Contact

Head of program

Dr. Michaela Christ

Tel.:
+49 461 805 2871
Fax:
+49 461 805 2144
michaela.christ-PleaseRemoveIncludingDashes-@uni-flensburg.de
Gebäude Riga 6 - RIG 606

Dr. Bernd Sommer

Tel.:
+49 461 805 2239
Fax:
+49 461 805 95 2239
bernd.sommer-PleaseRemoveIncludingDashes-@uni-flensburg.de
Gebäude Riga 6 - RIG 606

About M.A. Transformation Studies

 
The railroad, the car and the airplane have enormously expanded the radius of human movement and, therefore, also their scope of action. As a result, the required mobility infrastructure is accompanied by enormous space consumption. On a daily basis, areas are sealed and dissected in favor of roads, airports and railways. Furthermore, energy and raw material consumption for the production and operation of various means of transport increases. Other challenges include climate-damaging CO2 emissions, fine dust and nitrogen oxides as well as a rise in accidents and noise levels.

© Anna Kucherova / Alamy Stock Foto

Cattle mast plant for 100,000 cattle in Nebraska, USA. On a global average, a person consumes 43 kilograms of meat every year. But there are serious disparities between the people of the global North and those of the global South. In Burkina Faso an average of 12 kilograms of chicken, beef and pork are eaten, as in comparison to an average of 85 kilograms in Germany (USA 118 kg, China 54 kg). This discrepancy makes meat and feed producers believe that the market is still not saturated.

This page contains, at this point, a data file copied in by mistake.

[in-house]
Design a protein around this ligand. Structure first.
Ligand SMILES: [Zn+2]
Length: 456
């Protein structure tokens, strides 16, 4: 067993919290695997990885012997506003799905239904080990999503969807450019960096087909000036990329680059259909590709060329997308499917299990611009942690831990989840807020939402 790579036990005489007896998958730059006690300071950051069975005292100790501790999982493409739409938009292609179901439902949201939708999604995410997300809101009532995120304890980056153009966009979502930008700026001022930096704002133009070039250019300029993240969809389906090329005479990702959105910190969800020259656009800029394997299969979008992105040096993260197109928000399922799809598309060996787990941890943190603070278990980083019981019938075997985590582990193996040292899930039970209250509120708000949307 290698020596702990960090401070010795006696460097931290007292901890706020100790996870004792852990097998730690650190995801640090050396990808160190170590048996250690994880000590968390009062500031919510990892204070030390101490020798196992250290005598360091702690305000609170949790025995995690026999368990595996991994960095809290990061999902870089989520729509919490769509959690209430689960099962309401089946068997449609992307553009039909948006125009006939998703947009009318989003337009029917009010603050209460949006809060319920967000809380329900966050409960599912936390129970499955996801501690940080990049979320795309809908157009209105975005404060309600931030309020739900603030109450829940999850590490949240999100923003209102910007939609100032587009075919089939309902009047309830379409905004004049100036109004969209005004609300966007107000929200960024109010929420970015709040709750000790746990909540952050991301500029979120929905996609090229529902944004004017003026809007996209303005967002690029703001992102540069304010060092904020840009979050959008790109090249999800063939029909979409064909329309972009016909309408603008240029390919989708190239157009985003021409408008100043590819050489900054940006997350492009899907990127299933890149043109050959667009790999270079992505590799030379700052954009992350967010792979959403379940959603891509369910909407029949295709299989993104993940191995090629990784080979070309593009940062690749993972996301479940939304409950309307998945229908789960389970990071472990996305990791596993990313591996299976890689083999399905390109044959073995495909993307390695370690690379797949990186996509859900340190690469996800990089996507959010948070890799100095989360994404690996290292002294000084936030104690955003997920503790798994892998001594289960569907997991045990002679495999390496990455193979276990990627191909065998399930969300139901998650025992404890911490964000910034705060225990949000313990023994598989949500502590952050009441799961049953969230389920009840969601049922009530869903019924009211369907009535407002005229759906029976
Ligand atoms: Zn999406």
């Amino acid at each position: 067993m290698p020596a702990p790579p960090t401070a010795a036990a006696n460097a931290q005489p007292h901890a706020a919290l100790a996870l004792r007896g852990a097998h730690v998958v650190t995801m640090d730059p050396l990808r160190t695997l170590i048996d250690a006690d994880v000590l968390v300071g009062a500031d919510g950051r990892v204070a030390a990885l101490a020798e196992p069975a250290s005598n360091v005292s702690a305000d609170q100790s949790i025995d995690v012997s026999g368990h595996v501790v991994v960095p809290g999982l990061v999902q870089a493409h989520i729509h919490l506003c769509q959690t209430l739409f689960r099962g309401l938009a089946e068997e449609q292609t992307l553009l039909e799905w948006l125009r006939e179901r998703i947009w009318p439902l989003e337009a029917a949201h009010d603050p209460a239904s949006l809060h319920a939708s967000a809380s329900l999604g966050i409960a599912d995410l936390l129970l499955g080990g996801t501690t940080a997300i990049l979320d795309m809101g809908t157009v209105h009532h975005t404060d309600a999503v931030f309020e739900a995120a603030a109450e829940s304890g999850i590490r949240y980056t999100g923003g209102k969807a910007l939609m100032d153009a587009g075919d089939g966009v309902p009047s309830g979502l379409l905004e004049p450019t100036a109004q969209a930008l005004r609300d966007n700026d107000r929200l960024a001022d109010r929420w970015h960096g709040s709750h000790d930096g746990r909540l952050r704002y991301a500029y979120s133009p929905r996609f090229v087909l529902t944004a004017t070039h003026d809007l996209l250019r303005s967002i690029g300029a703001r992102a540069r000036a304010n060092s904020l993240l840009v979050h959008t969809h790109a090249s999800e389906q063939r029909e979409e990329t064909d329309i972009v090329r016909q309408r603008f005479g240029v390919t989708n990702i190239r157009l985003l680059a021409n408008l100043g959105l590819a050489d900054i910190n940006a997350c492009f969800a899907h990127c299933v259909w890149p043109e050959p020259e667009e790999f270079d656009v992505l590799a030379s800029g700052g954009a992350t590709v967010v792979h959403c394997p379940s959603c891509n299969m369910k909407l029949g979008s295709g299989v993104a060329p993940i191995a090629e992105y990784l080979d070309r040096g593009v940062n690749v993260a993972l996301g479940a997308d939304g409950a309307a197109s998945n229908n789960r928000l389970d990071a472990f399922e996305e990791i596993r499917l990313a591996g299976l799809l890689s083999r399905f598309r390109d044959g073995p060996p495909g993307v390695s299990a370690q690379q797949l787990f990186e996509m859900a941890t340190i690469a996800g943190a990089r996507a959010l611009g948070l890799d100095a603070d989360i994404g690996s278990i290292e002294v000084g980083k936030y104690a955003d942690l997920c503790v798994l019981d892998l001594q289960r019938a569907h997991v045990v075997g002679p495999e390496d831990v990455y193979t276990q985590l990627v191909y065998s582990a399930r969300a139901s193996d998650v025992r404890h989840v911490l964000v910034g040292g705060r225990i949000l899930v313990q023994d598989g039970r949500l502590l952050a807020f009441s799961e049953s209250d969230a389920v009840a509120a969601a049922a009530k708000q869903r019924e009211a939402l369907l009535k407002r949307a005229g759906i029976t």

© Aerial Archives / Alamy Stock Foto

Residential block in Hong Kong, one of the most densely populated regions in the world. Cities are the living space of the future: by 2050, three out of four people will be urban residents. Today, cities already emit two-thirds of global greenhouse gases and are spaces where more than 80 percent of the world’s energy is consumed. This implies that in the future, the ability of societies to transform themselves will be particularly evident in cities.

© Elnur Amikishiyev / Alamy Stock Foto

The Aral Sea was one of the largest inland waters on the planet. Nowadays, the lake located between Uzbekistan and Kazakhstan has almost dried up. Only one basin on the Kazakh side has been saved through the construction of a dam. The cause of the dehydration has been the cultivation of cotton in the region: since the 1930s, the water of the rivers that fed the lake was diverted into the desert - until the lake was completely empty. The dust from the salt and sand desert is highly toxic and extremely harmful due to the usage of fertilizer and weed killers, pesticides and other substances in the past.

© Kasia Nowak / Alamy Stock Foto